Nav: Home

Replicating fetal bone growth process could help heal large bone defects

June 05, 2019

To treat large gaps in long bones, like the femur, which result from bone tumor removal or a shattering trauma, researchers at Penn Medicine and the University of Illinois at Chicago developed a process that partially recreates the bone growth process that occurs before birth. A bone defect of more than two centimeters is considered substantial, and current successful healing rates stand at 50 percent or less, with failure often resulting in amputation. The team hopes that their method, which they've developed in rodent models to mimic the process of rapid fetal bone growth, can substantially improve success rates. Their findings are published in Science Translational Medicine.

"When bones are originally formed in the embryo, they're first generated from cartilage, like a template," said senior author Joel Boerckel, PhD, an assistant professor of Orthopaedic Surgery and Bioengineering at the University of Pennsylvania. "In order to regenerate bone within defects that otherwise won't heal in grown people, we are seeking to recreate the embryonic bone development process."

To do that, the researchers' process begins with the delivery of specially engineered stem cells (called a condensation of mesenchymal cells) to the rodents' bone defect, which sparks endochondral ossification, the specific term for embryonic bone development.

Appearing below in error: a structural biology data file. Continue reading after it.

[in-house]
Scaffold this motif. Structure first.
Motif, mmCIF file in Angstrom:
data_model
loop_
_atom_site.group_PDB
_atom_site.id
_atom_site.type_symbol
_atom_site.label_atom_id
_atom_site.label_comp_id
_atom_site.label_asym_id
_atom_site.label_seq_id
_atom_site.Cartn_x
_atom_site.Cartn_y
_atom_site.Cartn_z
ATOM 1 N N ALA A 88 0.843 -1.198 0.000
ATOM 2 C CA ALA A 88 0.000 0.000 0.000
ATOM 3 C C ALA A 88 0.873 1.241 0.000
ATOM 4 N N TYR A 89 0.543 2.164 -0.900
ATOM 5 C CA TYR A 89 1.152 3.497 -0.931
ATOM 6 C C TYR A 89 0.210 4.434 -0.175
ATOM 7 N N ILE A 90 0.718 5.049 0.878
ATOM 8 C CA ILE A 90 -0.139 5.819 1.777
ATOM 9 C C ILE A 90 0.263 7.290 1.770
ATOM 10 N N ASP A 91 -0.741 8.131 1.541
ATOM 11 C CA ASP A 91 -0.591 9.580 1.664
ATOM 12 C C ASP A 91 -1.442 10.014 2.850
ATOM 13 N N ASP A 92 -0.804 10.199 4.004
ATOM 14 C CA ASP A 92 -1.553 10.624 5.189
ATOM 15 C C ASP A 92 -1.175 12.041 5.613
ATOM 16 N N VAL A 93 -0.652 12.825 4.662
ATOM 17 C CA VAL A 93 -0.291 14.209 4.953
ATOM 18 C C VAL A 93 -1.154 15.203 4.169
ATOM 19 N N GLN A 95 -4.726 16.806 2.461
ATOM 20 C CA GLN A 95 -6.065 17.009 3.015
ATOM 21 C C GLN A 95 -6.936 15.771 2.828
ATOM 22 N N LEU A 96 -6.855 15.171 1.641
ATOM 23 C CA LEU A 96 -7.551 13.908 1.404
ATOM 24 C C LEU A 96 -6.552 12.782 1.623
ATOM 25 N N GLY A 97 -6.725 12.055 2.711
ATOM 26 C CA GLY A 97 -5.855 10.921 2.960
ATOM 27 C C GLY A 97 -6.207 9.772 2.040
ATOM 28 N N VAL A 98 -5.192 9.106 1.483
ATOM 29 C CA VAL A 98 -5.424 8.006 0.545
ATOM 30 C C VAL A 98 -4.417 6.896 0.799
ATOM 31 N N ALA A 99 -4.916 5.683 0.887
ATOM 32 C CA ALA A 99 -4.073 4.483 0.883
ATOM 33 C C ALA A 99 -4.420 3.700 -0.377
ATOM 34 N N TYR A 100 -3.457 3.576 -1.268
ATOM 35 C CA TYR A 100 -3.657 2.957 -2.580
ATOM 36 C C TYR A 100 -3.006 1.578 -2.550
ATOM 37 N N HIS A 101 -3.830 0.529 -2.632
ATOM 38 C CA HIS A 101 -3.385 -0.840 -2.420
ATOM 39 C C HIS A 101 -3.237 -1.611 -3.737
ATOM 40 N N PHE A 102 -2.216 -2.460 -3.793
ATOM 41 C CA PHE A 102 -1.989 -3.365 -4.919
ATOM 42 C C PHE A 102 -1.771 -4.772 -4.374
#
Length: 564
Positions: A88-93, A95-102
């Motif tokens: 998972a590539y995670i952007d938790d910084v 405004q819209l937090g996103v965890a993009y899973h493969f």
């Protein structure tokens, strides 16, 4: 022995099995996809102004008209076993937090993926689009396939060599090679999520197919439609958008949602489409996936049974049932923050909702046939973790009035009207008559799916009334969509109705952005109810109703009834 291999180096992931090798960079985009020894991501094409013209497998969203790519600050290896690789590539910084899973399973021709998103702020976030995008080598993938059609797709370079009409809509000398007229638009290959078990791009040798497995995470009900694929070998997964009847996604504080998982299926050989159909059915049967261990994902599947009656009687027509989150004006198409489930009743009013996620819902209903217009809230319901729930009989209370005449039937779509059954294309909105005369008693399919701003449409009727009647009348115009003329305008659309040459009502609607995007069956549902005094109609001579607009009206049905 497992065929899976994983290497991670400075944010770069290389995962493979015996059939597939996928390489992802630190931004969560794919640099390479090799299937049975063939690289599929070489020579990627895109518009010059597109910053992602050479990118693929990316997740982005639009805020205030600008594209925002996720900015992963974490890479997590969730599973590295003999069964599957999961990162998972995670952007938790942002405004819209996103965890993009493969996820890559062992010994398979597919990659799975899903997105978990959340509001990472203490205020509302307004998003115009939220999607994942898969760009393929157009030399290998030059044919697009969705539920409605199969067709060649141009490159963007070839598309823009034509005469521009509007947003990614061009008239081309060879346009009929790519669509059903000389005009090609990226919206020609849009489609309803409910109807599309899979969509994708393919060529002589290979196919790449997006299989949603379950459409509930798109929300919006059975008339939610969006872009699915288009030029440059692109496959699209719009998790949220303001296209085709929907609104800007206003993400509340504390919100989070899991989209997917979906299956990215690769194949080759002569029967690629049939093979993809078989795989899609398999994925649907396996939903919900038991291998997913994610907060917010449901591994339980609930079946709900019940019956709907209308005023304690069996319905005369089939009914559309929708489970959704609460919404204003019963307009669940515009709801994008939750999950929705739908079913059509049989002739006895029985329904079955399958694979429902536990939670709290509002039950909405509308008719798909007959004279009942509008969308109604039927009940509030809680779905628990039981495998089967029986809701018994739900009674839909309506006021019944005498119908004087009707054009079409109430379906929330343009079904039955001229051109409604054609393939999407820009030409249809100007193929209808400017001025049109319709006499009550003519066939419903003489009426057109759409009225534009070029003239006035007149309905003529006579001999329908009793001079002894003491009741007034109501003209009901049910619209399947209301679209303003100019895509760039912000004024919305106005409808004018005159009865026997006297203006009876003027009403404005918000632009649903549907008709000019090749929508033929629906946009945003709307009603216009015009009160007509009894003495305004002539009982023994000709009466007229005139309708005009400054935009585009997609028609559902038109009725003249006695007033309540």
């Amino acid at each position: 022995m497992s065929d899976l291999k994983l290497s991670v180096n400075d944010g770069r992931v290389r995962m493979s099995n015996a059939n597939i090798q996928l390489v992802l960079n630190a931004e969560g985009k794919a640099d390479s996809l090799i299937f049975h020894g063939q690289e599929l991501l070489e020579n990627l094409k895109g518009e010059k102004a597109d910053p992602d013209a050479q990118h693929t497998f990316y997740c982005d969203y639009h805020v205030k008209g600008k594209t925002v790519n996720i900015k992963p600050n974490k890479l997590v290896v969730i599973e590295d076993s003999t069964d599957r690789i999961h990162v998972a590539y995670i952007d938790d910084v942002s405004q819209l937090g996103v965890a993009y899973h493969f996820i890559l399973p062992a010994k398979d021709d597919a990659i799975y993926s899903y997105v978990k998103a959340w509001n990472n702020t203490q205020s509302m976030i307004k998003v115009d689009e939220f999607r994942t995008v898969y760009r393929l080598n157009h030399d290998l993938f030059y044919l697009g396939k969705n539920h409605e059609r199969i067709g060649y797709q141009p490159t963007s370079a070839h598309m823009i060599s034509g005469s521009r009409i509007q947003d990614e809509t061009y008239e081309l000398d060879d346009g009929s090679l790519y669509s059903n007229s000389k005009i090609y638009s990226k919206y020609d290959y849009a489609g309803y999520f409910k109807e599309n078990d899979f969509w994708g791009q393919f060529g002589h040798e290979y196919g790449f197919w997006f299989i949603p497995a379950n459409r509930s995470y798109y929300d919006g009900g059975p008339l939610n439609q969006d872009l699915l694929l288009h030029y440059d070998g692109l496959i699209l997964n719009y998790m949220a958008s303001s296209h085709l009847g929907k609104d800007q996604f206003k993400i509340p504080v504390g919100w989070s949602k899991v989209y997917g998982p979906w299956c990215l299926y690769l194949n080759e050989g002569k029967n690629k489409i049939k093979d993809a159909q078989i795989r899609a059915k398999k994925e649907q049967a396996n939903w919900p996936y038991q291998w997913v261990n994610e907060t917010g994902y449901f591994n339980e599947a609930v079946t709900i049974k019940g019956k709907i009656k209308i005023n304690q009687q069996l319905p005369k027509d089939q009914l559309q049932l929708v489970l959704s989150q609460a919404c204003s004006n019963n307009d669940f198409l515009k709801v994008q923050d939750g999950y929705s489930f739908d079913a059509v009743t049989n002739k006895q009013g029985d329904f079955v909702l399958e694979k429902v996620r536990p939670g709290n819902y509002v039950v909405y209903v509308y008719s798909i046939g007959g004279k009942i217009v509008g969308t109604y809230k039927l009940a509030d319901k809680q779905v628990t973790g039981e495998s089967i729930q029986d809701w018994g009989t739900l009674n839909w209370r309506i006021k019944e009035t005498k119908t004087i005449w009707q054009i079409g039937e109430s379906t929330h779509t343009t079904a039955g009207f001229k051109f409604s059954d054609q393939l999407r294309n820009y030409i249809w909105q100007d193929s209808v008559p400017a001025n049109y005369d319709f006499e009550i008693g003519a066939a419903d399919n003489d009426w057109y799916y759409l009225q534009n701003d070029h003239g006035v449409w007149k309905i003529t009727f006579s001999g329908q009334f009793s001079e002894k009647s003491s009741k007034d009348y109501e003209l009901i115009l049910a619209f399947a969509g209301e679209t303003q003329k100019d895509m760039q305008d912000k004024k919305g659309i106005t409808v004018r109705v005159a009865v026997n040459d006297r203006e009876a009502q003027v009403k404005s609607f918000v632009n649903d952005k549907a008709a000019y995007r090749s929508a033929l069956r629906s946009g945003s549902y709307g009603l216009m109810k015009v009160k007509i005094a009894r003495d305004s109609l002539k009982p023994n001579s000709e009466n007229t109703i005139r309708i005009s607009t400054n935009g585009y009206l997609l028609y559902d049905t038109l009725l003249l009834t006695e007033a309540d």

But, the researchers note that a baby's movement in the womb is also an important factor in the process to develop new bone quickly. Therefore, the second step taken by the team to mimic bone development involved special orthopaedic plates that can be adjusted to vary the mechanical forces placed on the regenerating limbs. This allowed for some movement in the defect area that contributed to cartilage formation and blood vessel growth, key steps of endochondral ossification. Through this combination of development-like stem cell delivery and mechanical forces, bone regeneration was on par with current methods for healing defects, such as high doses of the growth factor, BMP-2, a potent protein that stimulates bone formation. However, this experimental process did not generate any of the typical adverse side effects, such as abnormal bone growth, that can result from using BMP-2.

While plates are currently used to fix serious defects, they keep the joints completely stiff and don't allow for mechanical loading. In this study, the researchers compared stiff plates to those that were "unlocked" to allow limited movement. While bone volume increased in bones that were always kept in the stiff plates, the plates that were unlocked generated far more bone growth as time went on.

"Very little has been known about how the mechanical environment in bone defects affects the capacity of transplanted cells to contribute to the regeneration of the defects," said senior author Eben Alsberg, PhD, the Richard and Loan Hill Professor of Bioengineering and Orthopaedics at the University of Illinois at Chicago. "In this work, we've shown how critically important mechanical forces are in this process when implanting stem cell condensation constructs."